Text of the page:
Thursday, December 30, 2010

Slave by John MacArthur

When you want the truth, the whole truth, and nothing but the truth, who can you turn to? John MacArthur, and his newest book Slave: The Hidden Truth About Your Identity In Christ is no exception. MacArthur has spent his career clarifying and proclaiming the true Gospel of Jesus Christ in the midst of a world that has been seduced by false and watered-down imitations. Now he is exposing these differences through a single word that has been missing from most of our English Bible translations.


He begins by examining slavery as it existed in first century Rome and in ancient Israel, noting the distinctions between then and our current western understanding of the issue. How the roles of slave and master closely portray the relationship between Christian and God is carefully laid out.

Throughout scripture the Apostles and most notably, Jesus himself, used this language in communicating and teaching, especially in the parables. Their audiences would have had no difficulty understanding their meaning for these were things that were woven into their very lives.

MacArthur explains:
Jesus also used slave language to define the reality of what it means to follow him. Discipleship, like slavery, entails a life of total self-denial, a humble disposition towards others, a wholehearted devotion to the Master alone, a willingness to obey his commands in everything, an eagerness to serve him even in his absence, and a motivation that comes from knowing he is well pleased. p. 43
MacArthur expounds on five parallels that he draws between the Christian and slave.

  • Exclusive Ownership
  • Complete Submission
  • Singular Devotion
  • Total Dependance
  • Personal Accountability


Once the role of slave is sufficiently explained, MacArthur turns his attention to the master. He dedicates the next three chapters to proclaiming and defending the Lordship of Jesus Christ and his position as the true head of the church. Jesus is shown to be the glorious Savior and rightful master that scripture bears him to be.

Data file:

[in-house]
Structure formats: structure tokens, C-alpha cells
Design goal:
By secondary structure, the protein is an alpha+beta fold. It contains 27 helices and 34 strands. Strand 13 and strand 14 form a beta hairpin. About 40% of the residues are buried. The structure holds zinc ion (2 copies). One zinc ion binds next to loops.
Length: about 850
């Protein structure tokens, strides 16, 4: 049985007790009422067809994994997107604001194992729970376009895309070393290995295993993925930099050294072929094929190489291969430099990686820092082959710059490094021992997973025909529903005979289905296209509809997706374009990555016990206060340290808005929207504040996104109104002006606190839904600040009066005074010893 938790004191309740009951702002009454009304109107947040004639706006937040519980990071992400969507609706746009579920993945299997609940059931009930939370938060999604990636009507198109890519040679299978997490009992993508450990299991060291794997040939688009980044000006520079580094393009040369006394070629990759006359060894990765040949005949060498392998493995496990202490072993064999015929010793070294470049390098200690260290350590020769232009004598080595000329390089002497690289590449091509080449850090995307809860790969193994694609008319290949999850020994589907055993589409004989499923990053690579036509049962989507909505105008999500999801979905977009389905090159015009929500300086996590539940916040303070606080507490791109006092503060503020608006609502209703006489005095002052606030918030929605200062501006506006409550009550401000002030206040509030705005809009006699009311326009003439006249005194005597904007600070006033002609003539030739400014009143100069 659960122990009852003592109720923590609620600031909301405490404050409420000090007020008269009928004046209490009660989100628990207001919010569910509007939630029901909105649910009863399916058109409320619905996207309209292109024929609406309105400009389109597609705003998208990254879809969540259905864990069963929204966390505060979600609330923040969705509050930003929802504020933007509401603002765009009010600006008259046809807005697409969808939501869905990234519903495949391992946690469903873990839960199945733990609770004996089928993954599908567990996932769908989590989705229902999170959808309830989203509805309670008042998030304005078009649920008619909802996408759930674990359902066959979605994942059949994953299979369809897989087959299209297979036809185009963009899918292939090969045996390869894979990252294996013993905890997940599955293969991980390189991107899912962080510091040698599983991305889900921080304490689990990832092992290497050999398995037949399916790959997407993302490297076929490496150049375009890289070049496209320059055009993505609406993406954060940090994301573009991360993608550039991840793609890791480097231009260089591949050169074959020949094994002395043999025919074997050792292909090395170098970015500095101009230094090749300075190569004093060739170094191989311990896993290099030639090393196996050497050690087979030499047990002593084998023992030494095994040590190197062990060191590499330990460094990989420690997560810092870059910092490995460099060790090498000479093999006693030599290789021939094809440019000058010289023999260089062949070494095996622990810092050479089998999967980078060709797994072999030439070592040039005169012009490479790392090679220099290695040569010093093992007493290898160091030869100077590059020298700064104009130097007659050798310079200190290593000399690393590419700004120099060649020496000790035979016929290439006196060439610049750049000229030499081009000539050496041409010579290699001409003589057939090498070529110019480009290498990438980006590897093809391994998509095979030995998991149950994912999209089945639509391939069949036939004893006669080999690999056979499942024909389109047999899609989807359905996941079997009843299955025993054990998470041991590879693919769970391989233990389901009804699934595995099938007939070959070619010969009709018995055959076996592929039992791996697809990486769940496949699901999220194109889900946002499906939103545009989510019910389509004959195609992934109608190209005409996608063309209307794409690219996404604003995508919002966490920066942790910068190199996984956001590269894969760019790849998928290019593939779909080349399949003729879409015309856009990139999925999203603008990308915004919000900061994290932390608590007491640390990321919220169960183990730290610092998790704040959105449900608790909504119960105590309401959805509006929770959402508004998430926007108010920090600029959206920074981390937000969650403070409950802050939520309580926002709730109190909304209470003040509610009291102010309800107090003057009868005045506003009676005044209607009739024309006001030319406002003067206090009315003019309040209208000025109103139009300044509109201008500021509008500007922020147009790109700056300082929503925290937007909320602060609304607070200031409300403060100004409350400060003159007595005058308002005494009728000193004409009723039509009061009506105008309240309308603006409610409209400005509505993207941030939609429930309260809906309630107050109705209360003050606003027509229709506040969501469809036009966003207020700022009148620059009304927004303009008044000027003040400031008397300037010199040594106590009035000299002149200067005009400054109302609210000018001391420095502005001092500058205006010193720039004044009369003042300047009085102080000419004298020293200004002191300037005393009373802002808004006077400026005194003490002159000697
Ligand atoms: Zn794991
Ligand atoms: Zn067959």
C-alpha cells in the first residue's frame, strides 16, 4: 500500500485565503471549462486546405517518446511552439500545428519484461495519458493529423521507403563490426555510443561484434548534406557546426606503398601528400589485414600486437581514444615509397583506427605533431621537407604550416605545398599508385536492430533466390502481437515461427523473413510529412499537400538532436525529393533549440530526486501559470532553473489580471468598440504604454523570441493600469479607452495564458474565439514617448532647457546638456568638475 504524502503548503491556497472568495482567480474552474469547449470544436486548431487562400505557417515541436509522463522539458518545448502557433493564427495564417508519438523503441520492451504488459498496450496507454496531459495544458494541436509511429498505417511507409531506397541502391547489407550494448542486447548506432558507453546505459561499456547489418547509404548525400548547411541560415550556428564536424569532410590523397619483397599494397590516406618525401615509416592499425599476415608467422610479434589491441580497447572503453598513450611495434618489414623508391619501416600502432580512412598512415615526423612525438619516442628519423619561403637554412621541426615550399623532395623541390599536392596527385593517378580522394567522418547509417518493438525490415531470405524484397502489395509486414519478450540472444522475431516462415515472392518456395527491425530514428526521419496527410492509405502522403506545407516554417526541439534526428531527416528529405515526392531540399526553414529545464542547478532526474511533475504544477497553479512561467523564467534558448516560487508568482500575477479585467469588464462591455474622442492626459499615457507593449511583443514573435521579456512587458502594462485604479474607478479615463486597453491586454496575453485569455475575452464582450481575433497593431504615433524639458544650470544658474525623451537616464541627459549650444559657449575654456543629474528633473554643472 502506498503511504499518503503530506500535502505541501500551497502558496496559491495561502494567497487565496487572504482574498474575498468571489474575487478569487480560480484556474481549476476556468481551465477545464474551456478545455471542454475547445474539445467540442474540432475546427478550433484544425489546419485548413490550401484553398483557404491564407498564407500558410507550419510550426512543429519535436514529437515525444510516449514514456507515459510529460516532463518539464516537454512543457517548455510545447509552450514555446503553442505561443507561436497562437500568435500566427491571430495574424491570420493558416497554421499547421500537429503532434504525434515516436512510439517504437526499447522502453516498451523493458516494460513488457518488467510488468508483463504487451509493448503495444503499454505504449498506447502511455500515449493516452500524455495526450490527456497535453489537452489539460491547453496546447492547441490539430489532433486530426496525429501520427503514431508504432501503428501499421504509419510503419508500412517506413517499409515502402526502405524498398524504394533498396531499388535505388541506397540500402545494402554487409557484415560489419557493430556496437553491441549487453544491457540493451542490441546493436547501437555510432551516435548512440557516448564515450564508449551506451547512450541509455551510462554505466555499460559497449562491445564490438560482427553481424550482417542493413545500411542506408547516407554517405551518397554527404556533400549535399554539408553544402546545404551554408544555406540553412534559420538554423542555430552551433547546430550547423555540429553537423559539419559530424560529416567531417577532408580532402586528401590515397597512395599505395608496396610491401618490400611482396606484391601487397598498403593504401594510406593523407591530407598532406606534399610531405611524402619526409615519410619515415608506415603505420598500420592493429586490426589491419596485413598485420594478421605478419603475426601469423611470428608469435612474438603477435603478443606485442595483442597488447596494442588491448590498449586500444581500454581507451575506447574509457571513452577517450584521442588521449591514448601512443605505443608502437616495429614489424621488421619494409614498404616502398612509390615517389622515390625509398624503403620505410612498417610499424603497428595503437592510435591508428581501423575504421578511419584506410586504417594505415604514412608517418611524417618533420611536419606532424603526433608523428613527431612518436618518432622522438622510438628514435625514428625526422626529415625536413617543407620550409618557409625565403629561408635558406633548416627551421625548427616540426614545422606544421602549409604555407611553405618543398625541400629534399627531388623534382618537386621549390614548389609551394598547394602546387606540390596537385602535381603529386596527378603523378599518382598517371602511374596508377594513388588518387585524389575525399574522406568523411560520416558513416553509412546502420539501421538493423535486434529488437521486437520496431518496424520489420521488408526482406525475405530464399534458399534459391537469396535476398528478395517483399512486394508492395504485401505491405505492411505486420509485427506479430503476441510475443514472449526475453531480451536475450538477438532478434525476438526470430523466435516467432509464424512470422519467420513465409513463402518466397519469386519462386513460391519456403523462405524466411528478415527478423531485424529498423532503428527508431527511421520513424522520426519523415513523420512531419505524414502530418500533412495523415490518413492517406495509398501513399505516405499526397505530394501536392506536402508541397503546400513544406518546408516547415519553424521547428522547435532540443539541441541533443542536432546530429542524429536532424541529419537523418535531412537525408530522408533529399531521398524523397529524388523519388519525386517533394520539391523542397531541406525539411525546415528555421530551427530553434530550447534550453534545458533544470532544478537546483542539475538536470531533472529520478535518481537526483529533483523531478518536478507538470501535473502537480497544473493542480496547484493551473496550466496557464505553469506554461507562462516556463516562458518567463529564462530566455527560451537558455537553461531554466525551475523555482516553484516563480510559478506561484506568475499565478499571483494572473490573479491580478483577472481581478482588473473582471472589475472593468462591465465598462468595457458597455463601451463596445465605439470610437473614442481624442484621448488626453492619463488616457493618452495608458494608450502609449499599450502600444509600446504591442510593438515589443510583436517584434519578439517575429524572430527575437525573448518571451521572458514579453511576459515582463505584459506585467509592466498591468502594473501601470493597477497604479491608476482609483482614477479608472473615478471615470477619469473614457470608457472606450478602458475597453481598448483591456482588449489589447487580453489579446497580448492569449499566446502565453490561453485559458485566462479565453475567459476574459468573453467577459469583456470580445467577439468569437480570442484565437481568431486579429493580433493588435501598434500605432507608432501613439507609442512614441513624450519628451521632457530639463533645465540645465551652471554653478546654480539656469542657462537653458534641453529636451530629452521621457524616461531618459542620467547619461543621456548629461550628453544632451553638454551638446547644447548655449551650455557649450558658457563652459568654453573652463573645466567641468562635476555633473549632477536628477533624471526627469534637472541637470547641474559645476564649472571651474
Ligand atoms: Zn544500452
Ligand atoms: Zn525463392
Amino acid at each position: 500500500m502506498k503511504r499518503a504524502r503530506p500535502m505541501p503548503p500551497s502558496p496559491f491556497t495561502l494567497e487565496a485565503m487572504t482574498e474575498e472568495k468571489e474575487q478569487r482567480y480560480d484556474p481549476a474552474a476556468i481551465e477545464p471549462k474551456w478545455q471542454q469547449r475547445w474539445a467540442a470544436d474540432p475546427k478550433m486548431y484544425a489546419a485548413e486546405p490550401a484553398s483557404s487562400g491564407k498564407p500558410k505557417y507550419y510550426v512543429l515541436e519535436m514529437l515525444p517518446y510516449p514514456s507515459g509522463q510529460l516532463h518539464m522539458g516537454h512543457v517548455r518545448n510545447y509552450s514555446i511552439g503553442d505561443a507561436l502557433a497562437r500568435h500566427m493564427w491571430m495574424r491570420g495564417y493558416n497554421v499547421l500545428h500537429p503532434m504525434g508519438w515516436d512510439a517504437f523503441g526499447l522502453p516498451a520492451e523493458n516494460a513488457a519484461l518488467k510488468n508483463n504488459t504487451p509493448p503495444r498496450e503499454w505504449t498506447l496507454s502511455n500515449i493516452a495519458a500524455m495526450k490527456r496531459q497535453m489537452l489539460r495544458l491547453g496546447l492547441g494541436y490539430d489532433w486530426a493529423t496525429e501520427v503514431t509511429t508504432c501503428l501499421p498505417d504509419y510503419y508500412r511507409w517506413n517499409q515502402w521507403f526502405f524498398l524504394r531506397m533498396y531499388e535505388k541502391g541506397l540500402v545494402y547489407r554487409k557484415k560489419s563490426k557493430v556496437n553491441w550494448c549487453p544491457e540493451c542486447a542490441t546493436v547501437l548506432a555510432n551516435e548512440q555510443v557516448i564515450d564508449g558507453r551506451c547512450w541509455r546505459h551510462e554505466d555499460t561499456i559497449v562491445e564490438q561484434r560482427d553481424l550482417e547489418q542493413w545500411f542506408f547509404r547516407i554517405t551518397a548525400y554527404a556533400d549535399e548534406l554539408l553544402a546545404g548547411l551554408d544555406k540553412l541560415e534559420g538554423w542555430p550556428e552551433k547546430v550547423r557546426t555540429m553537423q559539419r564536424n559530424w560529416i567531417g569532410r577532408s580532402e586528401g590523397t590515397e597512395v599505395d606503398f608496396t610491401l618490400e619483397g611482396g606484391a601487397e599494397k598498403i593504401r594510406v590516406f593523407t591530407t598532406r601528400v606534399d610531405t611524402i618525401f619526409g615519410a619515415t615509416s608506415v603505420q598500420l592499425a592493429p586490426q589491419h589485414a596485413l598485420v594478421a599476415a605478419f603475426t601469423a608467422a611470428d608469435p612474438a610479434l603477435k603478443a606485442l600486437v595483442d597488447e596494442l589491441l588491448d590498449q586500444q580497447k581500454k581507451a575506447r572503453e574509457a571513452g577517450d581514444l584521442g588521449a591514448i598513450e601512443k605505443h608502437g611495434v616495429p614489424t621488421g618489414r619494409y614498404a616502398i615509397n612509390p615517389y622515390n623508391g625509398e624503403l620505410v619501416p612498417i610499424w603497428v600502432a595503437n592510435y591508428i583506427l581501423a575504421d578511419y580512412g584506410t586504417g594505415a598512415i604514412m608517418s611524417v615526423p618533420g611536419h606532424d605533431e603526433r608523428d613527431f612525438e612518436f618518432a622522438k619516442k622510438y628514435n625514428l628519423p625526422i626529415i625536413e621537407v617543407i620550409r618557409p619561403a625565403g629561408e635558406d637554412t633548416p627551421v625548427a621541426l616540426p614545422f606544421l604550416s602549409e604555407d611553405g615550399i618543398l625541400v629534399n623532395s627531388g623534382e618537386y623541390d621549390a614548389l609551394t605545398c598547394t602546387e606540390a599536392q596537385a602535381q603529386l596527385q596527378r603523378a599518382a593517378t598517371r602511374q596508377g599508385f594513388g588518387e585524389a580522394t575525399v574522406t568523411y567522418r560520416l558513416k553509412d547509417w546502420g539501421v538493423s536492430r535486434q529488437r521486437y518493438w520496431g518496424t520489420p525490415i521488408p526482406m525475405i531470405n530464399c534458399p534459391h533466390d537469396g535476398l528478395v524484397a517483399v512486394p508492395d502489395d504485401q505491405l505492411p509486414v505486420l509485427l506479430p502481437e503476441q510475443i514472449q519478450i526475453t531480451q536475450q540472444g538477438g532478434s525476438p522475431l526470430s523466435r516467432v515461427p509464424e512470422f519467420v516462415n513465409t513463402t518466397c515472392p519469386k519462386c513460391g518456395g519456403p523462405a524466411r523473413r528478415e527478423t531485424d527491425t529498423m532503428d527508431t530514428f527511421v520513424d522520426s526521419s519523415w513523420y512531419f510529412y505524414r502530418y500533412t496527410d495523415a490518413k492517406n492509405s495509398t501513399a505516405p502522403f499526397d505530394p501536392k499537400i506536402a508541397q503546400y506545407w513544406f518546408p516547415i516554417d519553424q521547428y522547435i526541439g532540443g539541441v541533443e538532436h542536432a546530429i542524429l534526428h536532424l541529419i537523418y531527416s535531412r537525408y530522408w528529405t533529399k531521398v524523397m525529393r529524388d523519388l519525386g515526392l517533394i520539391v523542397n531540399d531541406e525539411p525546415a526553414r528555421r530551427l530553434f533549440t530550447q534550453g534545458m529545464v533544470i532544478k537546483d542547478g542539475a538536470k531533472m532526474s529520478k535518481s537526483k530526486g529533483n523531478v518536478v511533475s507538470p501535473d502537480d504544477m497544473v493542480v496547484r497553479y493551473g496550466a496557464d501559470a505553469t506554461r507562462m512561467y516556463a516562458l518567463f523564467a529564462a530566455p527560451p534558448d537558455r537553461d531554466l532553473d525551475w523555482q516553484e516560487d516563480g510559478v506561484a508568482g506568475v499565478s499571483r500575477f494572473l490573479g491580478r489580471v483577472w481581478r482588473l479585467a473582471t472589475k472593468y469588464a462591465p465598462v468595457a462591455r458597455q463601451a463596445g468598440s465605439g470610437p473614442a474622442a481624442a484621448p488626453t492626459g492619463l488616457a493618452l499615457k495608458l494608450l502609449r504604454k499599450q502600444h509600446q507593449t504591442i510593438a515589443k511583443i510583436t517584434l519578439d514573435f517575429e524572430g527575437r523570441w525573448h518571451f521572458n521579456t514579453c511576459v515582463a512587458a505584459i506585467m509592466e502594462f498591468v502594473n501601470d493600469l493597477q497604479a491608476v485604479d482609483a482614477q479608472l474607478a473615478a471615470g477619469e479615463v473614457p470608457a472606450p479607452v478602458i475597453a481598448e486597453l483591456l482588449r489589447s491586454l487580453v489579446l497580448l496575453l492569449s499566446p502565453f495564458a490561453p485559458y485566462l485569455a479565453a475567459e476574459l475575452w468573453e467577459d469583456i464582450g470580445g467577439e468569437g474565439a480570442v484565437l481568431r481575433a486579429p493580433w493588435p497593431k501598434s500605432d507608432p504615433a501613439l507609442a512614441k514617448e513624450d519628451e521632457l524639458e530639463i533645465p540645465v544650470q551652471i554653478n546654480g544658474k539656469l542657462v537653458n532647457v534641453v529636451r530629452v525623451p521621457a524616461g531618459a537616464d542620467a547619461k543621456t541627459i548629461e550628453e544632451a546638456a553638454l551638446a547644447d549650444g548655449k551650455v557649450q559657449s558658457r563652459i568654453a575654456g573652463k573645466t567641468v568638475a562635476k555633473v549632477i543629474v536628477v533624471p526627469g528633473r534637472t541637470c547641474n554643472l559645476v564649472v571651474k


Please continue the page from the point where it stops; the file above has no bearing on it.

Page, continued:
Continuing the slavery theme, MacArthur goes onto explain the Doctrines of Grace as they are revealed through this illustration. This turns out to be a surprisingly refreshing and convincing explanation of these precious truths. He devotes a chapter to each one of the five. Very well done!


He uses the twelfth chapter to awaken us to the reality of the coming judgment at Christ's return, and the account we will all give to either our faithfulness or disobedience. A very sober warning, yet full of encouragement and peace for those who are following the Master's will.


The final chapter highlights the paradox of the blessedness of being a slave – of Christ. He beautifully expounds on these four:
  • Slavery Brings Freedom
  • Slavery Ends Prejudice
  • Slavery Magnifies Grace
  • Slavery Pictures Salvation


I can definitely recommend Slave: The Hidden Truth About Your Identity In Christ to all who desire to the know the truth of the Gospel of Jesus Christ and the blessed requirement of being his slave. This is one to give to those who struggle with understanding or accepting Christ's Lordship. It will serve as a wake up to casual, name only “believers.”

I would like to thank Thomas Nelson Publishers for sending me this free copy for review.
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